U.S. Basque Radio Program by Boise Native

Taupada Irratia host Madalen Bieter

Taupada Irratia host Madalen Bieter

Madalen Bieter Lete is the Basque voice on the radio. The Boise native runs a weekly Basque music radio program, Taupada Irratia, at the University of Montana’s radio station in Missoula. She created the radio program at Boise State in 2017 and now has recreated a similar program at KBGA College Radio after enrolling at the university for graduate school.

The radio program, presented in the Basque language of Euskera, showcases a variety of Basque music. “All the music is from Basque artists or related to the Basque diaspora,” explained Bieter. It’s online, which means anyone anywhere can listen to it. It’s currently scheduled on Fridays from 12 to 2 p.m., Mountain time.

“I know there’s an audience out there, but because I can’t see them, it takes out a level of self consciousness,” said Bieter about her role as a deejay. She said her song selection represents a wide variety of music, from the latest popular hits in the Basque Country to traditional accordion and tambourine duos.

Bieter is a native Euskera speaker. Euskera was her first language. Her mother is from Renteria, Gipuzkoa, and her father, who is born in the U.S., learned Euskera with his family in a year-long study abroad program.

“I visited my mom’s side of the family and kept it up to talk to my grandparents and my cousins,” Bieter said. She also reinforced her language skills by attending a Basque immersion boarding scbool program, known as a barnetegi, for a three-week stint and day classes at an euskaltegi.

Boiseko Taupada

Bieter enjoys sharing Basque music, which is her core connection to her Basque culture. She promotes her program through her Instagram taupa.da and the Facebook page Taupada Irratia.
Bieter, who pursued a Basque Studies minor at Boise State, learned of an open slot at the campus radio station and created Boiseko Taupada in fall 2017. Bieter said her mother, Nere Lete, encouraged her to start the radio program. Lete is a professor at Boise State University, where she teaches Euskera and heads the Basque Studies program.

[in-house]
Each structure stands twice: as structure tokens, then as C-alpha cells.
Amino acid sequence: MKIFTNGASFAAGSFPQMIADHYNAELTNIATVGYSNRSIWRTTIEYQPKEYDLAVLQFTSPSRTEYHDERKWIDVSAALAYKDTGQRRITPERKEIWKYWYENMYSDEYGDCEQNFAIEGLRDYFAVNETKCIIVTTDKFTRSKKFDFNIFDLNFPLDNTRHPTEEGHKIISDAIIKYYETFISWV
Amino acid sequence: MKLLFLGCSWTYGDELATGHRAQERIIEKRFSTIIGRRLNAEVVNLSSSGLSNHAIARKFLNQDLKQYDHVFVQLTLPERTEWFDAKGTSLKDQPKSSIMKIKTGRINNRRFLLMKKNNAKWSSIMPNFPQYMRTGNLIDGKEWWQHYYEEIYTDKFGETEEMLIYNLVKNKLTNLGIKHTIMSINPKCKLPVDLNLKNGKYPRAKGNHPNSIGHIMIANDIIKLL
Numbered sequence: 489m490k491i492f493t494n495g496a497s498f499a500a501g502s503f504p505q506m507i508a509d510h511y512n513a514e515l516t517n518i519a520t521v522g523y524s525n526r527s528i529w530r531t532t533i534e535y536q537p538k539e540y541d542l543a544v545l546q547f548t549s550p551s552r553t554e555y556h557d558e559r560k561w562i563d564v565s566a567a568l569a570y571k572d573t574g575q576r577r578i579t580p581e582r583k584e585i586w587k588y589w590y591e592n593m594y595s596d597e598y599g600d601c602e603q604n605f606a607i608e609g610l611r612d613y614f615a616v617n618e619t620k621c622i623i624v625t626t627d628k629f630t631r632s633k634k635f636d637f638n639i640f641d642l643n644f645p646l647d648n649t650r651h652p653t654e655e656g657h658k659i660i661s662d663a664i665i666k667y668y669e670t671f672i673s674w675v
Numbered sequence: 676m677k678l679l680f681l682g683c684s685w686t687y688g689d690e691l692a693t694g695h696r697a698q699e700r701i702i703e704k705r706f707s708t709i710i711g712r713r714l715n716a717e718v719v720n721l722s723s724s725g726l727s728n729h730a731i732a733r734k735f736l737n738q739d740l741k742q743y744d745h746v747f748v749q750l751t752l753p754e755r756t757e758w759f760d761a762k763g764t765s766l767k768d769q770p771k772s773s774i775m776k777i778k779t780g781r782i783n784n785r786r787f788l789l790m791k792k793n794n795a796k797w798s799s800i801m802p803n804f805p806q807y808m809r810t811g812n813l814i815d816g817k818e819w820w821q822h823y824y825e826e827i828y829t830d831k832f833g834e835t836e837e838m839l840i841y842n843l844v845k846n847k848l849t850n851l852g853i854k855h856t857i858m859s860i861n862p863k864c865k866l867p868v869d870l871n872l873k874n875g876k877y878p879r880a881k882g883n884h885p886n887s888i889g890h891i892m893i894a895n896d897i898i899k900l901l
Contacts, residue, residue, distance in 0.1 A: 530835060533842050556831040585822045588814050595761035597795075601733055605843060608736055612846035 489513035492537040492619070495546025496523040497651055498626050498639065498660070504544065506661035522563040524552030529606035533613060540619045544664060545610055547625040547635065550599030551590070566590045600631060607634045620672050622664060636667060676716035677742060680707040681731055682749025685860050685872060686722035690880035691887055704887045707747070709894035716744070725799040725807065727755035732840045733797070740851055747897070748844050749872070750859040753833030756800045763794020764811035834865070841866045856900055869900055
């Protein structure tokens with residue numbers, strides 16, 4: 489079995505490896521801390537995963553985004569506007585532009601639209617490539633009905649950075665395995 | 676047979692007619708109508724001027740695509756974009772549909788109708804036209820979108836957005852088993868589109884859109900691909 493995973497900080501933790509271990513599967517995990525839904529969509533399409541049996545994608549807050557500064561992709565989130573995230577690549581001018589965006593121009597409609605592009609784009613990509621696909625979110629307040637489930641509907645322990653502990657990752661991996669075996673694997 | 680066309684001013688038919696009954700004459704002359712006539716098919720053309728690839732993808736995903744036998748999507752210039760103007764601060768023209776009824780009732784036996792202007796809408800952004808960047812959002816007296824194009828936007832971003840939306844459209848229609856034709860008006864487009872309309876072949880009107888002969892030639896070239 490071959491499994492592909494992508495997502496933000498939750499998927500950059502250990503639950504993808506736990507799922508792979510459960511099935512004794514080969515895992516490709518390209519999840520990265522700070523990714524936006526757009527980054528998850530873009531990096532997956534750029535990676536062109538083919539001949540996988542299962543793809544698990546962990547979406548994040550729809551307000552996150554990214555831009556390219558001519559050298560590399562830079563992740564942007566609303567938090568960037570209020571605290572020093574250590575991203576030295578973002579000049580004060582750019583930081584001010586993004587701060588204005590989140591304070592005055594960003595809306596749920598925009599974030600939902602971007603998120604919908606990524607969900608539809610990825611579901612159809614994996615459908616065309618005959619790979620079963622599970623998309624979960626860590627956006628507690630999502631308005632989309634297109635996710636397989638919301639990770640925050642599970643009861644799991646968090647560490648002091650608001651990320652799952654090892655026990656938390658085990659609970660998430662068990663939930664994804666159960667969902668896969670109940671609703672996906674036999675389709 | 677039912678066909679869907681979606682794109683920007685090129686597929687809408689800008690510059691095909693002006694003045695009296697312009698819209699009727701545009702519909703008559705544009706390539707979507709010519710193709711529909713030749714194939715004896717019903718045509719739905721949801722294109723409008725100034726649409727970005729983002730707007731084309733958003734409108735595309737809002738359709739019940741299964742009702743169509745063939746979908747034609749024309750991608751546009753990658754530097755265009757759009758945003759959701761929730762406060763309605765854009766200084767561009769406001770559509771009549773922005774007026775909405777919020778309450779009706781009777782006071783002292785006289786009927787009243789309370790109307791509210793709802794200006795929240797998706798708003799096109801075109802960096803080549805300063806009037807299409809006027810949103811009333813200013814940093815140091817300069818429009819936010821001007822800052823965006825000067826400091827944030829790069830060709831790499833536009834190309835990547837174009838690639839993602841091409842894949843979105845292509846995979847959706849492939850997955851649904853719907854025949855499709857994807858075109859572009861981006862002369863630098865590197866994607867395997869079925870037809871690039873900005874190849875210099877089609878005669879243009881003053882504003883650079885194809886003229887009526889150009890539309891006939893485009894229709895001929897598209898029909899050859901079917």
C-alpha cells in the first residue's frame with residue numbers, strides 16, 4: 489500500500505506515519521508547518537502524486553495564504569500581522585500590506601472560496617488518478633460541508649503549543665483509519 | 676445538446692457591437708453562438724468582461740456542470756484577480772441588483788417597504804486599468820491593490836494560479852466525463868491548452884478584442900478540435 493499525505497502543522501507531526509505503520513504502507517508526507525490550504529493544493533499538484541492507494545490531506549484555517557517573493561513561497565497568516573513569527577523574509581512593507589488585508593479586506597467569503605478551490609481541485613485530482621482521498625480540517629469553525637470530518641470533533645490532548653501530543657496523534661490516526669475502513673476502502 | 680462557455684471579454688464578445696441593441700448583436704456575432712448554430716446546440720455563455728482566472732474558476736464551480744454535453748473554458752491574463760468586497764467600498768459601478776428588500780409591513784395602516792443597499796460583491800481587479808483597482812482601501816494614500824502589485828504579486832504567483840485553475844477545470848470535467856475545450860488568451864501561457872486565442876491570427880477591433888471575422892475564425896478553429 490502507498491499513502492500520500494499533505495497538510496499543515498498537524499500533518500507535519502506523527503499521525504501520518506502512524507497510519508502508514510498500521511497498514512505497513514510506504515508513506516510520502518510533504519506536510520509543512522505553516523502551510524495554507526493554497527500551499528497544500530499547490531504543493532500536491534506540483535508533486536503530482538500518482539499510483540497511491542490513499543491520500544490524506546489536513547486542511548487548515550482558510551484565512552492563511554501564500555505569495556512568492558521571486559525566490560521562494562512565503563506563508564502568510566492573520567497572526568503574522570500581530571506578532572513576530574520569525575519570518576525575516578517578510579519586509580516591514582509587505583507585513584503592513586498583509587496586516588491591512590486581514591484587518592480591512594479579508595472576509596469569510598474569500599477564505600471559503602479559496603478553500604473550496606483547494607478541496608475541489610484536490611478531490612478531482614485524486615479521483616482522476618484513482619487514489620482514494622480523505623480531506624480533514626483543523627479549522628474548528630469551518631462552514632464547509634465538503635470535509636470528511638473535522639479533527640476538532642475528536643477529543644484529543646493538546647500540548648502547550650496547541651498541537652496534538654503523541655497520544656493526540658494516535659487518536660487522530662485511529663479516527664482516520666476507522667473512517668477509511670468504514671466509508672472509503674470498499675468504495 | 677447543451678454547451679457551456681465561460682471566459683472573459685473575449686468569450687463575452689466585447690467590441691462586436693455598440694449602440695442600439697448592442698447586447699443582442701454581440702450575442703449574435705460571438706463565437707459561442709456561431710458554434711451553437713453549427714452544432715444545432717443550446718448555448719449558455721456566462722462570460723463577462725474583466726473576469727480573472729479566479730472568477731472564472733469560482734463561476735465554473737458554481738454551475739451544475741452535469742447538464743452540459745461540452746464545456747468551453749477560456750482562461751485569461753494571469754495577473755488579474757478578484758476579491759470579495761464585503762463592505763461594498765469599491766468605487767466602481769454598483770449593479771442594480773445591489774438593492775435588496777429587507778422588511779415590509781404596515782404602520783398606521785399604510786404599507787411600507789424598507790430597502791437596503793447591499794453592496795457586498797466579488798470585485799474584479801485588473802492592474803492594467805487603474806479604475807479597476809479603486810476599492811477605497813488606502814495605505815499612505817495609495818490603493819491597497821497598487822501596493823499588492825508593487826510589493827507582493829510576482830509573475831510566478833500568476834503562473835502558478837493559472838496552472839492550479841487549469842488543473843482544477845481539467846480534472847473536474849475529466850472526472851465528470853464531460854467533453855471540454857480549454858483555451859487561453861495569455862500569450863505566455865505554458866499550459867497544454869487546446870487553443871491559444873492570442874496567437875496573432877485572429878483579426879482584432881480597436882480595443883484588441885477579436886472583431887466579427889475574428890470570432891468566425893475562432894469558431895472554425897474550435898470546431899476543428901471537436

Bieter graduated from Boise State in 2017. When she graduated, a group of graduate students from the Basque Country took over Boise State’s Taupada program for a year, and then her mother, Lete, and Asst. Prof. Ziortza Gandarias, who both teach in Boise State’s Basque program, continued it for another year. The Boise program doesn’t have a current time slot on the radio, so it is only on Facebook right now, but they are hoping to get a slot for the fall semester.

Longtime Boise Basque radio host Espe Alegria

Bieter is carrying on a Boise Basque radio tradition that was started many years ago by Espe Alegria. “I tried to use her as inspiration to get a show up and running,” she said. Alegria ran a one-hour weekly radio program in Euskera called “Voice of the Basques” in the Boise area from 1951 to 1981 and Bieter notes that she often announced personal messages, like birthday greetings. One goal of Alegria’s radio program was to ease the loneliness of the Basque sheepherders who led solitary existences out on the range with the sheep and spoke little English. Alegria, who also worked as a translator and provided support services for immigrants, helped preserve the use of Euskera in Boise and the surrounding Treasure Valley.

One day, Bieter recalled, the Boise State radio broadcasting system went down. “The only way you could listen didn’t work,” remembers Bieter. “I was freaking out.” So Bieter decided to experiment with a live Facebook stream instead. She was pleasantly surprised to see that the show was decently popular. Several people watched during real time, and the Facebook video later got 1,200 views. So she continued the live Facebook presentations, and the weekly live stream attracted regular listeners. She said the majority of her personal network is Boise and Basque Country-based, but she’s also seen people from around the globe. Listeners can currently tune in locally via the radio dial at 89.9 FM, online at the radio station’s website or at the Taupada Irratia live stream on Facebook, where “you can watch my silly dance moves.”

During the Covid pandemic, the Missoula university’s radio station temporarily closed down. Bieter, who moved back home to Idaho for part of the time, did not want to simply cancel her program. She’s thankful the team at the radio station was committed to helping its deejays host their programs remotely. “They’re still on the hook for the radio programming,” she noted, and they supported her as she figured out how to run the program from her computer. She’s back at the station now, but must still wear a mask. “I hope to have fewer challenges in the future,” Bieter said.

The Taupada program also has a Spotify account, with several Basque music playlists. Look them up under Taupada Irratia. The playlists show the development of the program. Bieter’s learned a lot about Basque music and her tastes have changed since she became a deejay. “I’m definitely playing more different music than I did at the beginning.”

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